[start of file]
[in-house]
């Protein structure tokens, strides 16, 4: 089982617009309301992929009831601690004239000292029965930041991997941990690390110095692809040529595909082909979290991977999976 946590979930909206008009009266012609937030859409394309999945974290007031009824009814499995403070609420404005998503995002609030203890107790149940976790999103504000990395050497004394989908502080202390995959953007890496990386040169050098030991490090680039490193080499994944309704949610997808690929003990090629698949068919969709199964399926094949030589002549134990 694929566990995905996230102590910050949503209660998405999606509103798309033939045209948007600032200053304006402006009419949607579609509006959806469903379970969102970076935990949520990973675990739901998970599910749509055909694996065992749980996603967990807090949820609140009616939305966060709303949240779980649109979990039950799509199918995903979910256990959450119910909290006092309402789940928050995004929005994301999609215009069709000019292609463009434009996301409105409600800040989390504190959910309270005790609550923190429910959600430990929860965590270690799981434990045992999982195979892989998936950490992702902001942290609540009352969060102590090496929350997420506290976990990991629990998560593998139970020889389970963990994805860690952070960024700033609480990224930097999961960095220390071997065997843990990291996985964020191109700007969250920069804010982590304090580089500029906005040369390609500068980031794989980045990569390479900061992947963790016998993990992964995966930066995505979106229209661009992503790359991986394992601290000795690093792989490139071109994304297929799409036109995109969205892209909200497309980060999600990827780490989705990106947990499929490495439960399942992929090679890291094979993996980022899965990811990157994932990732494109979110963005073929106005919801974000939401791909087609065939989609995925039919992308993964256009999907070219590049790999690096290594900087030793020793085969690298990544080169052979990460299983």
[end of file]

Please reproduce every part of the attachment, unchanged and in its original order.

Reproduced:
[in-house]
């Protein structure tokens, strides 16, 4: 089982617009309301992929009831601690004239000292029965930041991997941990690390110095692809040529595909082909979290991977999976 946590979930909206008009009266012609937030859409394309999945974290007031009824009814499995403070609420404005998503995002609030203890107790149940976790999103504000990395050497004394989908502080202390995959953007890496990386040169050098030991490090680039490193080499994944309704949610997808690929003990090629698949068919969709199964399926094949030589002549134990 694929566990995905996230102590910050949503209660998405999606509103798309033939045209948007600032200053304006402006009419949607579609509006959806469903379970969102970076935990949520990973675990739901998970599910749509055909694996065992749980996603967990807090949820609140009616939305966060709303949240779980649109979990039950799509199918995903979910256990959450119910909290006092309402789940928050995004929005994301999609215009069709000019292609463009434009996301409105409600800040989390504190959910309270005790609550923190429910959600430990929860965590270690799981434990045992999982195979892989998936950490992702902001942290609540009352969060102590090496929350997420506290976990990991629990998560593998139970020889389970963990994805860690952070960024700033609480990224930097999961960095220390071997065997843990990291996985964020191109700007969250920069804010982590304090580089500029906005040369390609500068980031794989980045990569390479900061992947963790016998993990992964995966930066995505979106229209661009992503790359991986394992601290000795690093792989490139071109994304297929799409036109995109969205892209909200497309980060999600990827780490989705990106947990499929490495439960399942992929090679890291094979993996980022899965990811990157994932990732494109979110963005073929106005919801974000939401791909087609065939989609995925039919992308993964256009999907070219590049790999690096290594900087030793020793085969690298990544080169052979990460299983």